Many changes have been planned by the Nazis or carried out by their satellites. Many more will follow because of the discontent, opposition, and hatred they have engendered. Whichever proves to be of greater consequence -- the force of Fascism and Nazism, or the volcanic eruption of revolt that must follow -- their combined effect will be still more and different change.

The purpose of this study is twofold. It is to find the direction and, if possible, the extent of changes already wrought; it is also to detect the open or hidden forms which shape the emerging economic and social structure of the future. This is surely not a mere intellectual preoccupation. It ought to be recognized as an important part of the global war. The war is not being fought on land, on sea, and in the air alone. It is fought within each social system, by social systems, and through social systems. War is not a thing detached from economic and political organization. It is the physical expression or this. Whenever it is separate from such organization. It cannot be fought successfully. It is still true that war is too serious a business to be left to generals. Neither can it be left to engineers. It is a social phenomenon and not a mechanical job. Our economic system is fighting too. So is that of our enemy. To study what is going on in the enemy's camp is therefore of essential importance for the prosecution of war.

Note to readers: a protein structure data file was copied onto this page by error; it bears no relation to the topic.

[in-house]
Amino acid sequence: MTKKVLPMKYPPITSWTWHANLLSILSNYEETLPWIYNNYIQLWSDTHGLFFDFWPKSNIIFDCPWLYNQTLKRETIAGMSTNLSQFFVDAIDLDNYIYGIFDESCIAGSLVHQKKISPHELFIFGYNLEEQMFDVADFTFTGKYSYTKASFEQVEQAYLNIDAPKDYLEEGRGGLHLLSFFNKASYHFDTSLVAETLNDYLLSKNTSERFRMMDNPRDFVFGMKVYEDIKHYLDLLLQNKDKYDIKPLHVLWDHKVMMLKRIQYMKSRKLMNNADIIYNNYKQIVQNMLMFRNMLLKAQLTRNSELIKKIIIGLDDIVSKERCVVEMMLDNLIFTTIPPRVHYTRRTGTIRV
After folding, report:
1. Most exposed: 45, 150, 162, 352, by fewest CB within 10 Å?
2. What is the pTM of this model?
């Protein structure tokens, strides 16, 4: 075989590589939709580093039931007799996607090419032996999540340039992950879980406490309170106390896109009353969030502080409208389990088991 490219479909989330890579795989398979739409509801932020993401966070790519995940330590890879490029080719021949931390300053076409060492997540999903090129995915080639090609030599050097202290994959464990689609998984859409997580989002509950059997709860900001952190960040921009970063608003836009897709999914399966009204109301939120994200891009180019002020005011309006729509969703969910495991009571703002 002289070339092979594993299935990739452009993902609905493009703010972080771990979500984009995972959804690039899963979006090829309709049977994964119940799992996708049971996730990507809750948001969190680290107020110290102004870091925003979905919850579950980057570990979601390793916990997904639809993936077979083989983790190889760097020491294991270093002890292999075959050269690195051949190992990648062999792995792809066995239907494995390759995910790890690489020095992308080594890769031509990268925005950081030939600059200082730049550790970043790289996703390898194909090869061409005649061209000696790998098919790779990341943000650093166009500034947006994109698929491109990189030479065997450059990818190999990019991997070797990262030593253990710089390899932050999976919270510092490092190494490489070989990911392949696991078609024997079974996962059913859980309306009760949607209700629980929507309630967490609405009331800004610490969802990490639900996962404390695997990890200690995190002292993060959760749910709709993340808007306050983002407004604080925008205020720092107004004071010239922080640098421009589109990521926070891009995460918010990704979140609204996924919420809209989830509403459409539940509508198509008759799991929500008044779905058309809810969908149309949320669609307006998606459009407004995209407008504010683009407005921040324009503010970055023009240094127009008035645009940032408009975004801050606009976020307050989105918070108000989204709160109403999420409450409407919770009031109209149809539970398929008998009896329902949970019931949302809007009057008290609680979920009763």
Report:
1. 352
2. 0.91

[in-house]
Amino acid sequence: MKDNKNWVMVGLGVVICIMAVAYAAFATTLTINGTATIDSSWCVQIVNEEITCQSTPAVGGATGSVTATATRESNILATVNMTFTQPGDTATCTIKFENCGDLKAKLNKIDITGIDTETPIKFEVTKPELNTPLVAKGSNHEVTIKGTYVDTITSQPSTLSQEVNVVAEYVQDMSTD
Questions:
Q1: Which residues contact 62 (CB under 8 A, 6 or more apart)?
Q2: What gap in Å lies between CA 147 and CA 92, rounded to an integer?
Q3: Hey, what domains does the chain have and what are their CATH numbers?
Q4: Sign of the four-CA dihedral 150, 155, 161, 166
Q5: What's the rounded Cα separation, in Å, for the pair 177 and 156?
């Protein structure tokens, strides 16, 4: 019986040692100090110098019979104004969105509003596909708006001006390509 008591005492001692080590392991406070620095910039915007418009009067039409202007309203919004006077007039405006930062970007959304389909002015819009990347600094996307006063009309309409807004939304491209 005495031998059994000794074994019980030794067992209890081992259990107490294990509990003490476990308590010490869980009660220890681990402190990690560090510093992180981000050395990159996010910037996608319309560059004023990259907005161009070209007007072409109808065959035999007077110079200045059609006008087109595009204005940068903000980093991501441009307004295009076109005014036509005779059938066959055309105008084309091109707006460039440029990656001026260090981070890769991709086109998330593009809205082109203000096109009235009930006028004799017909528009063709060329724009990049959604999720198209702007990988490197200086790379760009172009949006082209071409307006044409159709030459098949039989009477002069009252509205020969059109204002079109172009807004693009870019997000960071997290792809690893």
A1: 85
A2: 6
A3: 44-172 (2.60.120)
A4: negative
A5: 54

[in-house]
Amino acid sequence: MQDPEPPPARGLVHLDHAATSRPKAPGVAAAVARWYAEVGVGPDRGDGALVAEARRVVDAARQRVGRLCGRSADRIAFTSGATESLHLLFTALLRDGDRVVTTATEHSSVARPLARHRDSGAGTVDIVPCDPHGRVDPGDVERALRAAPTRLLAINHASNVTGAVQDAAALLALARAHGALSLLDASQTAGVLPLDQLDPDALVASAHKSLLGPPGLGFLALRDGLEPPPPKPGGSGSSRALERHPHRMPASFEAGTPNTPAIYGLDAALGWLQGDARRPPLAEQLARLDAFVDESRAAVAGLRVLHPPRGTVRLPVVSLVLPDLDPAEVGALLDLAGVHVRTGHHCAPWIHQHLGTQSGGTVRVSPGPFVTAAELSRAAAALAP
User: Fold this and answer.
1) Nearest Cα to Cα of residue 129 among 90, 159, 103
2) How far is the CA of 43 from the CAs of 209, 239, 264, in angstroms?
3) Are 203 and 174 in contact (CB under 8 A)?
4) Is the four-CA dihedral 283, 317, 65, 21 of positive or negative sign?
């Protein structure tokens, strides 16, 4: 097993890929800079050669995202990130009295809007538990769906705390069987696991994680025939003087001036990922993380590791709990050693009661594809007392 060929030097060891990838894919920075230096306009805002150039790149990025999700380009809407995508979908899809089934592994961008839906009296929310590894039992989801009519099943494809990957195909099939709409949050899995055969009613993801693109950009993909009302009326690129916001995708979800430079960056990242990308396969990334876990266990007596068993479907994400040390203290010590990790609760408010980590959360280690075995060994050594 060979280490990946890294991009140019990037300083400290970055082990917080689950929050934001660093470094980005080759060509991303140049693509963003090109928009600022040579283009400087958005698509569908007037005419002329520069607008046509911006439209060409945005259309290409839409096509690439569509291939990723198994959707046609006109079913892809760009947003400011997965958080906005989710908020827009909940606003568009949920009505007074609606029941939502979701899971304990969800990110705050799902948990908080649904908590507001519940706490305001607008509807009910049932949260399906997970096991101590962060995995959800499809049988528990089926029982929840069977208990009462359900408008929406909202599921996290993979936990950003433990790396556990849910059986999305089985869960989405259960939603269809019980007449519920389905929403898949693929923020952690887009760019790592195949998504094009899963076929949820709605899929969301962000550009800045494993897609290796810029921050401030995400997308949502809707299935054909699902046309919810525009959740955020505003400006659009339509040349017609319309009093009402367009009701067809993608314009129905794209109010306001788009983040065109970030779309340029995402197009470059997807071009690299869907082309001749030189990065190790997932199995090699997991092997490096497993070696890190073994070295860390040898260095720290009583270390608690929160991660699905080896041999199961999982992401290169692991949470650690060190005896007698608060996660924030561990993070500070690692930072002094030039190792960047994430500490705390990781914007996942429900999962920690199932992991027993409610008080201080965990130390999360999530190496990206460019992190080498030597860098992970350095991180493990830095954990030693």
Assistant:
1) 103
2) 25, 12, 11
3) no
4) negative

A study of social and economic change is even more directly relevant to the building of a new world after the deluge. Many discussions of postwar reconstruction are wholly unrealistic because they envisage the reconstitution of an economic order which had virtually disappeared even before the Great War. They completely overlook the fact that, for several years now, world economy has been exposed to the impact of a system utterly opposed to rationalism, liberalism, individualism, and all the other fundamentals of a business economy. In occupied countries, at least, the very institutions of the older orders have been destroyed, deflected, and remodeled to suit the dictates of the Totalitarian Superstate. Finally, those discussions forget that both the impact of totalitarianism and the tremendous pressure of opposition to it -- military, conspiratory, and spiritual -- create an atmosphere in which nothing is more improbable than a return to the structure of the 1920's and 1930's. Our planning for postwar upbuilding must be mobile, based on something like moving averages of the trends generated continuously by the dynamic forces and counter­ forces of this age of transition. It must take into account that the "usages and arrangements, formal and informal, consciously contrived or adventitious" which constitute economic organization have undergone a sequence of shocks from which many cannot recover. Dynamic planning, based upon research and facts instead of wishful thinking, is essential.